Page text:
In this embodiment, an example that disposes elements 111 a having the power feeding sections 112 in a central position of plural elements 111 and symmetrically disposes remaining elements 111 at both sides of the elements 111 a has been shown. However, for example, as shown in FIG. 9A, in at least one axis direction constituting a plane, other elements 111 may be asymmetrically disposed at both sides of two elements 111 a having the power feeding sections 112. In this case, since a field distribution leans to a side having fewer elements 111, an intended directivity can be provided in at least one axis direction.

In this embodiment, as exemplified in FIG. 9A, remaining elements 111 are disposed only at both left and right sides of the elements 111 a having the power feeding sections 112, and the elements 111 are not disposed at upper and lower sides of the elements. However, as shown in FIG. 9B, other elements 111 may be disposed so as to surround a periphery of the two elements 111 a. In this case, a field distribution can be made more even.

Second Embodiment

In this embodiment, the shape of the elements 111 in a plane direction is a square. In the case of a square, like the case of a regular hexagon, the elements 111 can be efficiently disposed. Moreover, manufacturing costs can be reduced because of easier manufacturing than the cases of other polygonal shapes.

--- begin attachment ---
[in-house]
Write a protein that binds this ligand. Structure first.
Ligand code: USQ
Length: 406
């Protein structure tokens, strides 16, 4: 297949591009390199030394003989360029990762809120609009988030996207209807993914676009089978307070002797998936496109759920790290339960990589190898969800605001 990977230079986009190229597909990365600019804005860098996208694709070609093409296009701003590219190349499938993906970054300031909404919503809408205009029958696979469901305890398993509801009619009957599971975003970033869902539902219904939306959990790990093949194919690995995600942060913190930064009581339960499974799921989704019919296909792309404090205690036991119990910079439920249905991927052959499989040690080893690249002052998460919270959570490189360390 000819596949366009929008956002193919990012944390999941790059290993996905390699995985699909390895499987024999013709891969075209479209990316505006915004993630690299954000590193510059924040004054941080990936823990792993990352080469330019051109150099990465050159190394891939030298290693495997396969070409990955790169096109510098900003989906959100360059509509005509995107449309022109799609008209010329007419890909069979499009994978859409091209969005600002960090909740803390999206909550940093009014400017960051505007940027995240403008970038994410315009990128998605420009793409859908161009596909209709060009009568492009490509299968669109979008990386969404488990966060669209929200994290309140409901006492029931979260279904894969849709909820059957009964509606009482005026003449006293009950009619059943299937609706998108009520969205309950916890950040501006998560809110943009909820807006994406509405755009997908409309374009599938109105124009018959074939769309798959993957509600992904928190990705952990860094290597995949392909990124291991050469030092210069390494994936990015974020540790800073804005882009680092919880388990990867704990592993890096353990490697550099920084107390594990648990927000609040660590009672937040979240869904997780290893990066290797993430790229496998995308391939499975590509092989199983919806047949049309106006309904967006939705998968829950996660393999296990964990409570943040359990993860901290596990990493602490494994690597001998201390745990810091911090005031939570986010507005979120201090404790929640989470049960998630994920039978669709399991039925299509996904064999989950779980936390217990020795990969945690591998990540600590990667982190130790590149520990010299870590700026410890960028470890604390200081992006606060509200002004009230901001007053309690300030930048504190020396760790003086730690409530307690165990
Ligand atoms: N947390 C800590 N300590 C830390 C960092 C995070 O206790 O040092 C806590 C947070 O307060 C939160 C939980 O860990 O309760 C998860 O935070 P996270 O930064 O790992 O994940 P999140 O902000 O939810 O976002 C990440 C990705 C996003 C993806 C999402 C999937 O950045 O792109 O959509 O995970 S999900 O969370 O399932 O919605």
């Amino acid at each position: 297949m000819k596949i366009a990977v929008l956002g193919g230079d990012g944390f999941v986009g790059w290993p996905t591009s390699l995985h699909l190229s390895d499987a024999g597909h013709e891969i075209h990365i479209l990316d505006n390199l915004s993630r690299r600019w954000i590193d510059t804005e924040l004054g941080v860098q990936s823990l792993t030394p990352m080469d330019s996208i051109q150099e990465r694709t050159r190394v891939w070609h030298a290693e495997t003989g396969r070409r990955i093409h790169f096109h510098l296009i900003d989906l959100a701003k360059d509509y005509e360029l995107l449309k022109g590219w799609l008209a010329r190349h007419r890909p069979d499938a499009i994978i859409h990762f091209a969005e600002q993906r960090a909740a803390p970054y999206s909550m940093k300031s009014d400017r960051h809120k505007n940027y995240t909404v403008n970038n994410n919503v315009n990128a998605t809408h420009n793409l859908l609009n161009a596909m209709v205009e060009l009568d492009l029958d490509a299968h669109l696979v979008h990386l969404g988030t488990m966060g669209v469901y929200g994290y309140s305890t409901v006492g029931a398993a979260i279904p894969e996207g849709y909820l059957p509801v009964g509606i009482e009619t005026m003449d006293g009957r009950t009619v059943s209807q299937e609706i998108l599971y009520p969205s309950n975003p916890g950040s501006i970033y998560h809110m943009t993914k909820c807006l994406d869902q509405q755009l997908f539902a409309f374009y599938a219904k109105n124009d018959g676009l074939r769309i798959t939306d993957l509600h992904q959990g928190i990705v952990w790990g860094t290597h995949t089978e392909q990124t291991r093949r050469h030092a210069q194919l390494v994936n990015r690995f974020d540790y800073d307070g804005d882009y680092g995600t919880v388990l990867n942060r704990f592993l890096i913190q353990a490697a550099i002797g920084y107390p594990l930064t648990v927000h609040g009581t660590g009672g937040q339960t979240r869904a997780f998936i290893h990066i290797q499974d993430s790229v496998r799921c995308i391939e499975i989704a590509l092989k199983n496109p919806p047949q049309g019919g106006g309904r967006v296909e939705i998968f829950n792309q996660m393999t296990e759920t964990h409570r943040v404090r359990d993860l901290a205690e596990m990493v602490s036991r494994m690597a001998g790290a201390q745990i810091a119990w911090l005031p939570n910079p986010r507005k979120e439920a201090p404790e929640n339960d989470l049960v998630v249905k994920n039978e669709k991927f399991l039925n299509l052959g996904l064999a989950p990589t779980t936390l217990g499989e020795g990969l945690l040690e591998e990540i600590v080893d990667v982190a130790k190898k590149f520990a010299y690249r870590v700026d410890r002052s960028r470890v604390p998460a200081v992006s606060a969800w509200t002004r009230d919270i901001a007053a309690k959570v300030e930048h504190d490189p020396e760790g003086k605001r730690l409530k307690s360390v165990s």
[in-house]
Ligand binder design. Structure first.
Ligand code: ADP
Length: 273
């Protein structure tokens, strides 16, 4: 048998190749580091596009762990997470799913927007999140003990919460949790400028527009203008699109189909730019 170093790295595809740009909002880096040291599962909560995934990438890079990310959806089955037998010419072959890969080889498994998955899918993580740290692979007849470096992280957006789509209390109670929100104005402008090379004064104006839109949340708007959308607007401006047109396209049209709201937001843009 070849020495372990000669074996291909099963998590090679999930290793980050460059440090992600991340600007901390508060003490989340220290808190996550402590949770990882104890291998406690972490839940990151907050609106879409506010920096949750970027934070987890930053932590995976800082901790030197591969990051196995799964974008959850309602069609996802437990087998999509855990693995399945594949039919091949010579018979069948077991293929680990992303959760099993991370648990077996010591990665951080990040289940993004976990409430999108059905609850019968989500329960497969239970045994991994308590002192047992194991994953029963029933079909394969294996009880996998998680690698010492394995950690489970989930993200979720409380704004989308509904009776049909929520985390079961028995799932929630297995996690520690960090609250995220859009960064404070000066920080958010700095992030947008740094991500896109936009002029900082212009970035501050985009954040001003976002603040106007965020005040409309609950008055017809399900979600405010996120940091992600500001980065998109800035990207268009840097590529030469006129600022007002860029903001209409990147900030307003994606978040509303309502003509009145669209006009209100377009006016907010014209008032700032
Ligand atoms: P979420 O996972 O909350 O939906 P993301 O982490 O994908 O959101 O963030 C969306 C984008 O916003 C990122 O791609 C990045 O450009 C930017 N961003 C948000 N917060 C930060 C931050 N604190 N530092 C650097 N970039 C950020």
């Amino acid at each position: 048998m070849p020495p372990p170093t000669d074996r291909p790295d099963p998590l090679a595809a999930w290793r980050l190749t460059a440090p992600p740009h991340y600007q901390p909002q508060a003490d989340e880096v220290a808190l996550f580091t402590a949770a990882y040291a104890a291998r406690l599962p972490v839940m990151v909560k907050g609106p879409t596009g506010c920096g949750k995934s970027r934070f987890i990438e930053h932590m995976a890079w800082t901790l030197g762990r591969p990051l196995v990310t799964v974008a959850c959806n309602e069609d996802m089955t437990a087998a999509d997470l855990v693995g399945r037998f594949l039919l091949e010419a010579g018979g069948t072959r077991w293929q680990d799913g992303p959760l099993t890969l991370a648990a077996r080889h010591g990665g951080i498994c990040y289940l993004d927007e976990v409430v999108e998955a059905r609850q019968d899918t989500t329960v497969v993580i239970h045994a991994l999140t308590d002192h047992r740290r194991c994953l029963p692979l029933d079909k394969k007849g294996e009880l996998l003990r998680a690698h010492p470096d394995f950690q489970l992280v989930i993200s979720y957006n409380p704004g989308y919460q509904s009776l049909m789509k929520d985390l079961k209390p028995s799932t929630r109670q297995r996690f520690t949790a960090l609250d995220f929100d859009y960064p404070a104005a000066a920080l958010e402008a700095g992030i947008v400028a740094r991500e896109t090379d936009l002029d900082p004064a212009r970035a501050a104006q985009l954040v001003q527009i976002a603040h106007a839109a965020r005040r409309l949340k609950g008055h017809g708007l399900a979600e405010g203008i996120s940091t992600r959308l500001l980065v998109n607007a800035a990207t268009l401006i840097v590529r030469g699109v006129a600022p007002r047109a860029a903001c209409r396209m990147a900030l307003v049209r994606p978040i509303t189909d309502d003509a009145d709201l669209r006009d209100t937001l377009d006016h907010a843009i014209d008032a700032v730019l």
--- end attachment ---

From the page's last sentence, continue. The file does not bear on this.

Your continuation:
As shown in FIG. 10A, in a construction in which the elements 111 are disposed so that the sides of the elements 111 a each having the power feeding section 112 are opposed to each other, when the power feeding sections 112 are provided in the center of opposing sides, or in the center of opposite sides of opposing sides, the reflection coefficients of the power feeding sections 112 can be reduced. That is, preferably, the antenna 100 can be efficiently operated. As shown in FIG. 10B, in a construction in which the elements 111 are disposed so that vertexes of the elements 111 a each having the power feeding section 112 are opposed to each other, when the power feeding sections 112 are provided in opposing vertexes, or in opposite vertexes of the vertexes, reflection coefficients of the power feeding sections 112 can be reduced. Thus, the antenna 100 can be efficiently operated.

Other constructions, operations, and characteristics are similar to those of the antenna 100 shown in the first embodiment. Therefore, a method of computing an operating frequency, a method of measuring an operating frequency, the relationship between the number of the elements 111 and reflection coefficients, and the relationship between the positions of the power feeding sections 112 and reflection coefficients may be devised in the same way as the structures studied in the first embodiment.